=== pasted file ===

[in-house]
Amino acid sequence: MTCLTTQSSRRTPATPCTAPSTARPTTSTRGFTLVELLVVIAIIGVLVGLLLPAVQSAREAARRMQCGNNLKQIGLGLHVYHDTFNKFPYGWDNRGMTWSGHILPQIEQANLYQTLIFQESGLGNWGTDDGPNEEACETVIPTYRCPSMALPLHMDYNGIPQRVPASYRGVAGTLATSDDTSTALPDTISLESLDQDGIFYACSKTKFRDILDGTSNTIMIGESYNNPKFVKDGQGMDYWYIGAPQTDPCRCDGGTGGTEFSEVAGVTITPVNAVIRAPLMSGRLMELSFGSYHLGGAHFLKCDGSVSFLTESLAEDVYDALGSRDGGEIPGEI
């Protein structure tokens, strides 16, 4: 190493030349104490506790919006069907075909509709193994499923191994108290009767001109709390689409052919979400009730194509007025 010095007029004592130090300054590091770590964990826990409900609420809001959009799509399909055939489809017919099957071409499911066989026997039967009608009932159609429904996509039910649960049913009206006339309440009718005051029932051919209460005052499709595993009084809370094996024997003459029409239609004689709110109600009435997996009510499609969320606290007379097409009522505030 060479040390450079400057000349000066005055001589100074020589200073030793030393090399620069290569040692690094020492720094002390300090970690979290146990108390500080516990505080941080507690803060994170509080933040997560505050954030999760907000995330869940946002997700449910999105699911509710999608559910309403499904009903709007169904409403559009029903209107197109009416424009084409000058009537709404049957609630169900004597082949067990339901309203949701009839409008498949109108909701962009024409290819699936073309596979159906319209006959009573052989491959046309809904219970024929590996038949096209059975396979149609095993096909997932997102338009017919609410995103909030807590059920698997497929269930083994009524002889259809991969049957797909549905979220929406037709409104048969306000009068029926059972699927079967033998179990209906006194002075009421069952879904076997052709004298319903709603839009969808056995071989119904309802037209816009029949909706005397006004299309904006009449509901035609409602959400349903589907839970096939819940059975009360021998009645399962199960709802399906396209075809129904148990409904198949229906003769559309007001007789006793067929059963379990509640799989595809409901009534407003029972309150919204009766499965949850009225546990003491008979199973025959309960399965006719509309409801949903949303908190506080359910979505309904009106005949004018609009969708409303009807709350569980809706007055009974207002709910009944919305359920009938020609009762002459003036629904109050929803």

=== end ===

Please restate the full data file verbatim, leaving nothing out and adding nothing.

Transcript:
[in-house]
Amino acid sequence: MTCLTTQSSRRTPATPCTAPSTARPTTSTRGFTLVELLVVIAIIGVLVGLLLPAVQSAREAARRMQCGNNLKQIGLGLHVYHDTFNKFPYGWDNRGMTWSGHILPQIEQANLYQTLIFQESGLGNWGTDDGPNEEACETVIPTYRCPSMALPLHMDYNGIPQRVPASYRGVAGTLATSDDTSTALPDTISLESLDQDGIFYACSKTKFRDILDGTSNTIMIGESYNNPKFVKDGQGMDYWYIGAPQTDPCRCDGGTGGTEFSEVAGVTITPVNAVIRAPLMSGRLMELSFGSYHLGGAHFLKCDGSVSFLTESLAEDVYDALGSRDGGEIPGEI
């Protein structure tokens, strides 16, 4: 190493030349104490506790919006069907075909509709193994499923191994108290009767001109709390689409052919979400009730194509007025 010095007029004592130090300054590091770590964990826990409900609420809001959009799509399909055939489809017919099957071409499911066989026997039967009608009932159609429904996509039910649960049913009206006339309440009718005051029932051919209460005052499709595993009084809370094996024997003459029409239609004689709110109600009435997996009510499609969320606290007379097409009522505030 060479040390450079400057000349000066005055001589100074020589200073030793030393090399620069290569040692690094020492720094002390300090970690979290146990108390500080516990505080941080507690803060994170509080933040997560505050954030999760907000995330869940946002997700449910999105699911509710999608559910309403499904009903709007169904409403559009029903209107197109009416424009084409000058009537709404049957609630169900004597082949067990339901309203949701009839409008498949109108909701962009024409290819699936073309596979159906319209006959009573052989491959046309809904219970024929590996038949096209059975396979149609095993096909997932997102338009017919609410995103909030807590059920698997497929269930083994009524002889259809991969049957797909549905979220929406037709409104048969306000009068029926059972699927079967033998179990209906006194002075009421069952879904076997052709004298319903709603839009969808056995071989119904309802037209816009029949909706005397006004299309904006009449509901035609409602959400349903589907839970096939819940059975009360021998009645399962199960709802399906396209075809129904148990409904198949229906003769559309007001007789006793067929059963379990509640799989595809409901009534407003029972309150919204009766499965949850009225546990003491008979199973025959309960399965006719509309409801949903949303908190506080359910979505309904009106005949004018609009969708409303009807709350569980809706007055009974207002709910009944919305359920009938020609009762002459003036629904109050929803």